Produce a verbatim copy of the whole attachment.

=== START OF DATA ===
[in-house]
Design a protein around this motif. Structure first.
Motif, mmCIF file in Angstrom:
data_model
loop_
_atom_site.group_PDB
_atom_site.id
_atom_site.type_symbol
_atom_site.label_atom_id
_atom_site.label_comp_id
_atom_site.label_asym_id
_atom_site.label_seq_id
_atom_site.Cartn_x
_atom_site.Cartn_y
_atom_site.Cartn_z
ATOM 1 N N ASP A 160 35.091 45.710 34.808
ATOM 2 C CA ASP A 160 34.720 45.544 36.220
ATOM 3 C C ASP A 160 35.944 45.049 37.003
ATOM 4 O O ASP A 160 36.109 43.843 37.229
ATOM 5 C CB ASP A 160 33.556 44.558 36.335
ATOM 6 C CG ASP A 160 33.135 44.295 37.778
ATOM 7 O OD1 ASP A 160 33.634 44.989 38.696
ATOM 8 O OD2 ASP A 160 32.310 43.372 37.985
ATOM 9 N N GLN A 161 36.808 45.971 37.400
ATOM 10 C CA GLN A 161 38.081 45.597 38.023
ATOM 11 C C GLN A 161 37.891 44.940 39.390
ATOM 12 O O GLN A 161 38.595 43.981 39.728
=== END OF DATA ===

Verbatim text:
[in-house]
Design a protein around this motif. Structure first.
Motif, mmCIF file in Angstrom:
data_model
loop_
_atom_site.group_PDB
_atom_site.id
_atom_site.type_symbol
_atom_site.label_atom_id
_atom_site.label_comp_id
_atom_site.label_asym_id
_atom_site.label_seq_id
_atom_site.Cartn_x
_atom_site.Cartn_y
_atom_site.Cartn_z
ATOM 1 N N ASP A 160 35.091 45.710 34.808
ATOM 2 C CA ASP A 160 34.720 45.544 36.220
ATOM 3 C C ASP A 160 35.944 45.049 37.003
ATOM 4 O O ASP A 160 36.109 43.843 37.229
ATOM 5 C CB ASP A 160 33.556 44.558 36.335
ATOM 6 C CG ASP A 160 33.135 44.295 37.778
ATOM 7 O OD1 ASP A 160 33.634 44.989 38.696
ATOM 8 O OD2 ASP A 160 32.310 43.372 37.985
ATOM 9 N N GLN A 161 36.808 45.971 37.400
ATOM 10 C CA GLN A 161 38.081 45.597 38.023
ATOM 11 C C GLN A 161 37.891 44.940 39.390
ATOM 12 O O GLN A 161 38.595 43.981 39.728